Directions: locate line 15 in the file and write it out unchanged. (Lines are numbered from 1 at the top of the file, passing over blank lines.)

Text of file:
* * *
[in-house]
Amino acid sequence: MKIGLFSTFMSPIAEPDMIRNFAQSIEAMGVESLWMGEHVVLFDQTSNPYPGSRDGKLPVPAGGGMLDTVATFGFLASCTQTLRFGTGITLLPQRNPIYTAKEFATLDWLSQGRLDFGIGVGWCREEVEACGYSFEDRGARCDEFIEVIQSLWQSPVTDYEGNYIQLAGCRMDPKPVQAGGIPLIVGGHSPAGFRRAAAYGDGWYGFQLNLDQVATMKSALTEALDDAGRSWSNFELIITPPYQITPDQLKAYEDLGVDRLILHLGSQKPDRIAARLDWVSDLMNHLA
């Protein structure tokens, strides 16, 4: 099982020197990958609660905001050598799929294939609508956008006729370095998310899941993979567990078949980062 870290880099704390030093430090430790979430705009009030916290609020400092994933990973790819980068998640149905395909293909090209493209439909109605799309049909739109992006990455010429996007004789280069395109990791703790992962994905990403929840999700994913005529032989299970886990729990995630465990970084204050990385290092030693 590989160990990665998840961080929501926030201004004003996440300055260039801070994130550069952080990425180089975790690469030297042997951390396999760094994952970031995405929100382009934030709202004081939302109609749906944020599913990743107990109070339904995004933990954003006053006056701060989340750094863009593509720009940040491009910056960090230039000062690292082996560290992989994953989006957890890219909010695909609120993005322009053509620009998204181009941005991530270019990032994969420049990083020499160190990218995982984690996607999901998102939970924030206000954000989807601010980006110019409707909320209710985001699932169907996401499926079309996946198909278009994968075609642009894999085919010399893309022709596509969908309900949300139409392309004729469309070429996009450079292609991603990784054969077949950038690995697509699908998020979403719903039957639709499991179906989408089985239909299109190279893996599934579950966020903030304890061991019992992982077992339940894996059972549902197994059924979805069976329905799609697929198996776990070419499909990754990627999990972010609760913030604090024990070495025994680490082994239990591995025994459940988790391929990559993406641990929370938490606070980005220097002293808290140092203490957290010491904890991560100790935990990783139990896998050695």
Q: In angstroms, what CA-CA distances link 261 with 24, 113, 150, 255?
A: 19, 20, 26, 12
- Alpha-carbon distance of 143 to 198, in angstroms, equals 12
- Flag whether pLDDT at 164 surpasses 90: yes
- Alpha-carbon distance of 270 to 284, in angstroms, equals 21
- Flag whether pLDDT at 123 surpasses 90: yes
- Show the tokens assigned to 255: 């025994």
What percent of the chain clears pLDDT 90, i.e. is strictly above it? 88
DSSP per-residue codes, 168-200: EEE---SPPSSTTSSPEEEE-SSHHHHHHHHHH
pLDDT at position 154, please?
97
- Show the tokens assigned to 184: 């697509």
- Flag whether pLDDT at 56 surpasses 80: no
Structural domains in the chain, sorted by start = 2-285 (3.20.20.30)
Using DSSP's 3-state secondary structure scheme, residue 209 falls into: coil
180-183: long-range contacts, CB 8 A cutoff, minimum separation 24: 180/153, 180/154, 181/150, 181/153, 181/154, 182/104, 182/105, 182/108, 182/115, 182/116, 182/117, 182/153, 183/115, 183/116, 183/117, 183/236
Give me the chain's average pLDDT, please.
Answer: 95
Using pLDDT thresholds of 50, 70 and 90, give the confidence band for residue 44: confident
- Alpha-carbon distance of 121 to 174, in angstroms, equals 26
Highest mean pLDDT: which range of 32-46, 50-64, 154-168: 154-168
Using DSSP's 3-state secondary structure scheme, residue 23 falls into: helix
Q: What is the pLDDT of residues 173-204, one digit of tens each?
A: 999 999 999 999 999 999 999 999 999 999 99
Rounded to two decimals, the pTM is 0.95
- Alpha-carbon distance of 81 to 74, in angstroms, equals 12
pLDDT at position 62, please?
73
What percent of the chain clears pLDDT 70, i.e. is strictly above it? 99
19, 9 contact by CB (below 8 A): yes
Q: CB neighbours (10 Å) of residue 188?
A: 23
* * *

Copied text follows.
- Show the tokens assigned to 184: 């697509």